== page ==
On the importance of Lamont Gaillard being the constant of the offensive line…

“I think he’s the rock, you know. You got one guy in there, and that’s always one of the toughest positions to replace, is that position. That’s the voice, that’s the leader. That’s the guy that handles it all. And Lamont has done a good job of that communicating across the board, different fronts, different movements, different looks. He’s the guy that leads that room through vocal and through kind of being the guy that’s done it the most. So it’s important to have him part of it, but all that stuff factors in. Continuity is really important in the offensive line and whether Andrew is beside Solly (Solomon Kindley) or Cade is beside Solly. That guy in the middle is one of the centre pieces, and he’s done a good job leading that group.”

On the difference in Tennessee’s offense with quarterbacks Jarrett Guarantano and Keller Chryst…

“Not a whole lot different. I think the other kid has the ability to take off running. Now, Chryst has had some runs as well. And he’s done some whether it’s by design or by accident, a couple of times he’s had to run it. They’re both capable of doing that. We don’t see a whole lot of difference in the two of those guys and what they’ll do with those guys, but again, a lot of that’s out of our hands.”

On whether having all tight ends healthy will affect the run game…

“I think it depends on (Jackson Harris’s) health and how much he can handle stamina wise and what he can do and how caught up he is on the offensive service. He has a good understanding of it having played in it for a couple of years, and I’m looking forward to him and John (FitzPatrick) both continuing to grow. So we’re trying to grow those guys, and a lot of these young players on our team we feel like are getting better week by week and getting closer and closer to an opportunity to go in and compete. As they get a little experience on special teams, a little more experience, good-on-good in practice they’re getting closer to helping us as well.”

On the impact of non-offensive touchdowns…

“I think Coach Tucker would be the first to tell you it’s like some stat, 89 percent of the teams that have a non-offensive touchdown they usually win the game. And those are very impactful, t’s hard to overcome those emotionally because they’re sometimes a shock. But at the end of the day they happen. They happen on special teams. They happen on defense. And whether they happen to you or for you, it’s the next play that matters. It’s not that play. So a lot of it is overcoming adversity and how you’re built within your program to overcome things like that.”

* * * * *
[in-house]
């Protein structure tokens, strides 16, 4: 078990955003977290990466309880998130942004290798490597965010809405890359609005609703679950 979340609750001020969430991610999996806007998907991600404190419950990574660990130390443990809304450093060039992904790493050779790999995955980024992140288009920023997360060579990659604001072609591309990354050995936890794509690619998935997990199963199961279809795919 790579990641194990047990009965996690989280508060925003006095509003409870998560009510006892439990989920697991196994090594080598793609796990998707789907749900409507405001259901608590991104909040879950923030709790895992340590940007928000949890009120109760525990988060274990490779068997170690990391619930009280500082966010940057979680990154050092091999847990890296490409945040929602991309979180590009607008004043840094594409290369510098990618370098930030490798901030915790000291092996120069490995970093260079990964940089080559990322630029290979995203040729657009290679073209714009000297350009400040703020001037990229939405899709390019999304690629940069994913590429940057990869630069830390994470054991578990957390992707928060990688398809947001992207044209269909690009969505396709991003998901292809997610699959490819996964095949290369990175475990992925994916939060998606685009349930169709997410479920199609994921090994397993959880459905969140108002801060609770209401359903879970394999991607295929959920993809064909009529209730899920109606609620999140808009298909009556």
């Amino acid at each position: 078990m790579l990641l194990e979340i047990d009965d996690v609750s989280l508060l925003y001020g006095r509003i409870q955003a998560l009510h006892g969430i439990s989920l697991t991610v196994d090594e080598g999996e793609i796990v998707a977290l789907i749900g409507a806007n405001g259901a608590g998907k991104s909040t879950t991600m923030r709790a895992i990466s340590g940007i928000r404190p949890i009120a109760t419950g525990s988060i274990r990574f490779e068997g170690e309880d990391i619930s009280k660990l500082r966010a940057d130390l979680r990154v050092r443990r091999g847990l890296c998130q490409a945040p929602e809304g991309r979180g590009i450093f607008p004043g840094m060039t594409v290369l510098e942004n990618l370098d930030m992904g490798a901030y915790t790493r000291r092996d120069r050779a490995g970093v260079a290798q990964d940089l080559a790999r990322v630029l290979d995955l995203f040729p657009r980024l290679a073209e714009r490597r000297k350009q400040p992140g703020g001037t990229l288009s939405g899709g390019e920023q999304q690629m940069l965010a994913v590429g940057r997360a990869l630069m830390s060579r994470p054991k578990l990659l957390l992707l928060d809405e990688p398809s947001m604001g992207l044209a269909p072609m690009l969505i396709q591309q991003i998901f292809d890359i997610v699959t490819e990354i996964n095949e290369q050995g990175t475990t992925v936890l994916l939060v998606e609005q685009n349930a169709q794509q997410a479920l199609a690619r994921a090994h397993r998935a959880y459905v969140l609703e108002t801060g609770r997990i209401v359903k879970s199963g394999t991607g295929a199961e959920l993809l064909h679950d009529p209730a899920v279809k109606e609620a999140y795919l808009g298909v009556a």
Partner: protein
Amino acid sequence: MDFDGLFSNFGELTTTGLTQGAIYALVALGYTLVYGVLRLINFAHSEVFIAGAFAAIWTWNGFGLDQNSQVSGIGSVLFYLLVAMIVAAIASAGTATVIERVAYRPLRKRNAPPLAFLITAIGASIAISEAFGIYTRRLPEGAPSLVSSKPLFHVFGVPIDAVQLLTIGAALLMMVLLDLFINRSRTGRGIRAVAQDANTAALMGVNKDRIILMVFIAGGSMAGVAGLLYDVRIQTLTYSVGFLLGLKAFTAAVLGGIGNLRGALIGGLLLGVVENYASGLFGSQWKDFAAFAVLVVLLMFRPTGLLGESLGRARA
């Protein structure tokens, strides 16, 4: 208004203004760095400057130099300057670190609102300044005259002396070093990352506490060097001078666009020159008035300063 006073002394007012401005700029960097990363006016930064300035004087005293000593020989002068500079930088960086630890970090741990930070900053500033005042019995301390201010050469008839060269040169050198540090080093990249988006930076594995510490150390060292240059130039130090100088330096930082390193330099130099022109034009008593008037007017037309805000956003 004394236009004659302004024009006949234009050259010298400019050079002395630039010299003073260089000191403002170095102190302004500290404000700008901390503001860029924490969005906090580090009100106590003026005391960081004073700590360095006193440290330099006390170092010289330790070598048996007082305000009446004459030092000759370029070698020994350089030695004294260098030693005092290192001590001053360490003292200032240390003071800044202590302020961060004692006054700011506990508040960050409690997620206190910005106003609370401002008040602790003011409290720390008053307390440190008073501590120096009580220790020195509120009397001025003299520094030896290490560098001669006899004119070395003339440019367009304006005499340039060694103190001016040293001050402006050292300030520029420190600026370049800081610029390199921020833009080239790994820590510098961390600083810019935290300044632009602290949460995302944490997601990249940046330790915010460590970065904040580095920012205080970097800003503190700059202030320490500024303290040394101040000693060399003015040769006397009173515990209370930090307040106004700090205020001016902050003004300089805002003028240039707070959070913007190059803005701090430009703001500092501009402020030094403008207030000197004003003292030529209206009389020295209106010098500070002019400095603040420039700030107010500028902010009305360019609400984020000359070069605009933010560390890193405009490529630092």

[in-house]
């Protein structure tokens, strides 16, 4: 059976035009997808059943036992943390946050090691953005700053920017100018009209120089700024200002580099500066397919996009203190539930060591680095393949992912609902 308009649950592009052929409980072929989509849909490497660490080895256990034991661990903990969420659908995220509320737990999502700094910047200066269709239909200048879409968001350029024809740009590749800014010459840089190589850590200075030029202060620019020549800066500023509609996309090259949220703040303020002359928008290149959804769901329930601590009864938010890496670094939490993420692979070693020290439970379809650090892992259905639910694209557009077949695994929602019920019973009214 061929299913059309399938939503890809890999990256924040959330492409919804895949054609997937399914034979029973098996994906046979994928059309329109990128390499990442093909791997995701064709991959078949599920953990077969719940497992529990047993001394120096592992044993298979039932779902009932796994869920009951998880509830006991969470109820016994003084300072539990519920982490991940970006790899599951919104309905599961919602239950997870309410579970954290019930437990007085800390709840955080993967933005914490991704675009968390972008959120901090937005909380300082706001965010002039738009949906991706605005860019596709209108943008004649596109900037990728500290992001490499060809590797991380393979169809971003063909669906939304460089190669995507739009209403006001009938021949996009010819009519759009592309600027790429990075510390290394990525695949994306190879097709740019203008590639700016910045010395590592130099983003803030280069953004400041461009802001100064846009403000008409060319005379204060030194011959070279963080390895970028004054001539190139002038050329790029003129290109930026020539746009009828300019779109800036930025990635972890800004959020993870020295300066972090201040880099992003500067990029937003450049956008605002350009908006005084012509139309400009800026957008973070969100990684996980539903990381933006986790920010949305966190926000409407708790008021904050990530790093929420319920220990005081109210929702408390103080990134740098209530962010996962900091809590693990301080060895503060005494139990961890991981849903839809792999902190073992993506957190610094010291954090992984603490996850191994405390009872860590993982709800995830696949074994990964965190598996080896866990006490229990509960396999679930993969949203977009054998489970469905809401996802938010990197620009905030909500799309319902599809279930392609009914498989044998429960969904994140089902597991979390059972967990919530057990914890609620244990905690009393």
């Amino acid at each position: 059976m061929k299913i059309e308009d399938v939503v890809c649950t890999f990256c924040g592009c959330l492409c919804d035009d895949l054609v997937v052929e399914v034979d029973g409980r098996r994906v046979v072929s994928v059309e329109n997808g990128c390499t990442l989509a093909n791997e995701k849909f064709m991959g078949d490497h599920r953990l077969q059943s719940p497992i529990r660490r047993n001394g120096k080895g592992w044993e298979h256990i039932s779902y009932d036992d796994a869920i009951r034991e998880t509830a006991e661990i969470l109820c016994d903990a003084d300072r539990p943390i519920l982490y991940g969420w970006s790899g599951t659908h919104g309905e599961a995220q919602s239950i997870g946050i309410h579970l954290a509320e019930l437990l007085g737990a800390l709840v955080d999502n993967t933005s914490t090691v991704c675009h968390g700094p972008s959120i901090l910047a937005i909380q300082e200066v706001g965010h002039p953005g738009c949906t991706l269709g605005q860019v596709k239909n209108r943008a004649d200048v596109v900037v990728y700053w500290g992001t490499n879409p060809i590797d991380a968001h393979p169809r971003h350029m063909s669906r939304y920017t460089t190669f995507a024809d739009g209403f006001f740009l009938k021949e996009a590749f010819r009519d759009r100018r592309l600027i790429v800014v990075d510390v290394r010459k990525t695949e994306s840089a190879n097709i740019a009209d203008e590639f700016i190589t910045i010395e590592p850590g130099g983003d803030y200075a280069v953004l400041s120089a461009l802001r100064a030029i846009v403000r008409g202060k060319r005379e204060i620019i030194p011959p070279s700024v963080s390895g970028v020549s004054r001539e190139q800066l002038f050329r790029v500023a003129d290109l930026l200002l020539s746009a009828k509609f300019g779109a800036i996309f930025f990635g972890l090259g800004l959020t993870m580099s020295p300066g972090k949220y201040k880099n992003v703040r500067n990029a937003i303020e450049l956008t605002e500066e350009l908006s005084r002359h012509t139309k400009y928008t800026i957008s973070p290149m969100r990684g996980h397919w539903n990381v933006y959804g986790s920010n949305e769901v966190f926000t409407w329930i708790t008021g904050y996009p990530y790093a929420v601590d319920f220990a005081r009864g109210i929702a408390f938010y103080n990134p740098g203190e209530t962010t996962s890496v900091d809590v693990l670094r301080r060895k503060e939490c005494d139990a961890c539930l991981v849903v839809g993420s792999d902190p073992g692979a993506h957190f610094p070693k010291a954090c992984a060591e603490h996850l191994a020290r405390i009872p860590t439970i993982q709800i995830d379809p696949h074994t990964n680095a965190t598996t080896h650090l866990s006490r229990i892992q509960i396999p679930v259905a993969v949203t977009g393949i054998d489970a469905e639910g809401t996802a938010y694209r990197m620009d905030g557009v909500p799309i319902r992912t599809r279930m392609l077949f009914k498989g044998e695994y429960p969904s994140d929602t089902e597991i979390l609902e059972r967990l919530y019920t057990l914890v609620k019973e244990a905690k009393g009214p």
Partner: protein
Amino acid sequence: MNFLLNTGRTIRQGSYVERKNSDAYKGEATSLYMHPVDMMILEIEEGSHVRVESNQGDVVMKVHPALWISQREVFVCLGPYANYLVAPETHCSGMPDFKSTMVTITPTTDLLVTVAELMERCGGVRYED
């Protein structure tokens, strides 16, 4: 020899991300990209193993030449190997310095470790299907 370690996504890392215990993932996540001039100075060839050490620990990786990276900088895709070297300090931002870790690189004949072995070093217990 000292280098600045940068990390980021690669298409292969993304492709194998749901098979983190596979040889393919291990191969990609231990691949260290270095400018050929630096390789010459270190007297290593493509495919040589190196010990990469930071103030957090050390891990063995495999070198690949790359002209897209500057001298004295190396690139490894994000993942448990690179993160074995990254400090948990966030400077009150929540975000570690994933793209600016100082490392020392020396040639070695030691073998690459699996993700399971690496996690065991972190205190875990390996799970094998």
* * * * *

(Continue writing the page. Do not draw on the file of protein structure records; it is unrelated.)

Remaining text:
On Tyrique McGhee coming back from injury…

“He’s able to sustain longer. Thought that this last game he played more snaps than he has in the past. I still think he’s getting some of the rush calls. He’ll be the first to tell you he didn’t play his best game the other day. But he understands what to do. He’s a good leader. This kid practices really hard, really tough. We have to be smart with him because volume affects him, and we gotta be smart about the amount of volume he takes.”

On the key component of the upcoming game…

“The biggest thing for us is us. And we’ve gotta really concern ourselves with that. I mean I think perception out there is some people look at Tennessee and say certain things. I look at Tennessee and say that’s a really well-coached, hard-nosed fundamental football team that’s coming in here off a situation where they had however many turnovers they had. So the focus for our players is this is always a tough physical game. It’s always this kind of way. It’s been close for years, and we gotta worry about us. We gotta go correct our mistakes and our problems and make sure that we got our stuff tightened up so we can play the best we can play.”

On Smart’s assessment of the defensive line stopping the run at Missouri…

“The run is never — you don’t ever say, well, the defensive line is no good, they rushed for 180 yards. There’s a coordinated fit. But we didn’t do well, we didn’t close, we didn’t strike. We didn’t knock off blockers, we didn’t tackle well. So that secondary, linebackers, a lot of the D-linemen aren’t in on the tackles. They’re the glue that holds things together on the inside. We didn’t play the way we were capable of playing, and we also put our guys on some tough run positions because we knew we had to not give up the big play in the pass game. So you play games certain ways. You change things up. You change your strategy so the other team doesn’t know what you’re doing all the time. And a lot of those rushing yards had to do with that, a lot of them had to do with unwillingness to strike people. If you don’t strike people, you won’t stop the run in our league. You will not stop the run in our league. So you’ve got to strike people and be physical up front in order to do it.”